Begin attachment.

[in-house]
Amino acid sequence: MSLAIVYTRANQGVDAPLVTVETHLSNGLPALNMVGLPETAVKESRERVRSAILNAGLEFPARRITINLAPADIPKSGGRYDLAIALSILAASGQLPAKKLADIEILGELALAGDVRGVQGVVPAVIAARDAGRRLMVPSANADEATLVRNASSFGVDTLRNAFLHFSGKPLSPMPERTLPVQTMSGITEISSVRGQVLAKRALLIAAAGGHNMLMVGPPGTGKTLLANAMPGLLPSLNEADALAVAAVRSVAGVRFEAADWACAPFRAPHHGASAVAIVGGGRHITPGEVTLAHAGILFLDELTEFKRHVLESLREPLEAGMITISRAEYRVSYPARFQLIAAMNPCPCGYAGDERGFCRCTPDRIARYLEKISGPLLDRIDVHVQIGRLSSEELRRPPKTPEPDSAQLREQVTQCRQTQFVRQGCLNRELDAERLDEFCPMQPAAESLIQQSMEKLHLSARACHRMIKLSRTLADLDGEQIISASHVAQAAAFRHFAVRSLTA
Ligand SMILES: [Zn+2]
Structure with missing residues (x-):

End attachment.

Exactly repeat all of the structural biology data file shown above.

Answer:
[in-house]
Amino acid sequence: MSLAIVYTRANQGVDAPLVTVETHLSNGLPALNMVGLPETAVKESRERVRSAILNAGLEFPARRITINLAPADIPKSGGRYDLAIALSILAASGQLPAKKLADIEILGELALAGDVRGVQGVVPAVIAARDAGRRLMVPSANADEATLVRNASSFGVDTLRNAFLHFSGKPLSPMPERTLPVQTMSGITEISSVRGQVLAKRALLIAAAGGHNMLMVGPPGTGKTLLANAMPGLLPSLNEADALAVAAVRSVAGVRFEAADWACAPFRAPHHGASAVAIVGGGRHITPGEVTLAHAGILFLDELTEFKRHVLESLREPLEAGMITISRAEYRVSYPARFQLIAAMNPCPCGYAGDERGFCRCTPDRIARYLEKISGPLLDRIDVHVQIGRLSSEELRRPPKTPEPDSAQLREQVTQCRQTQFVRQGCLNRELDAERLDEFCPMQPAAESLIQQSMEKLHLSARACHRMIKLSRTLADLDGEQIISASHVAQAAAFRHFAVRSLTA
Ligand SMILES: [Zn+2]
Structure with missing residues (x-):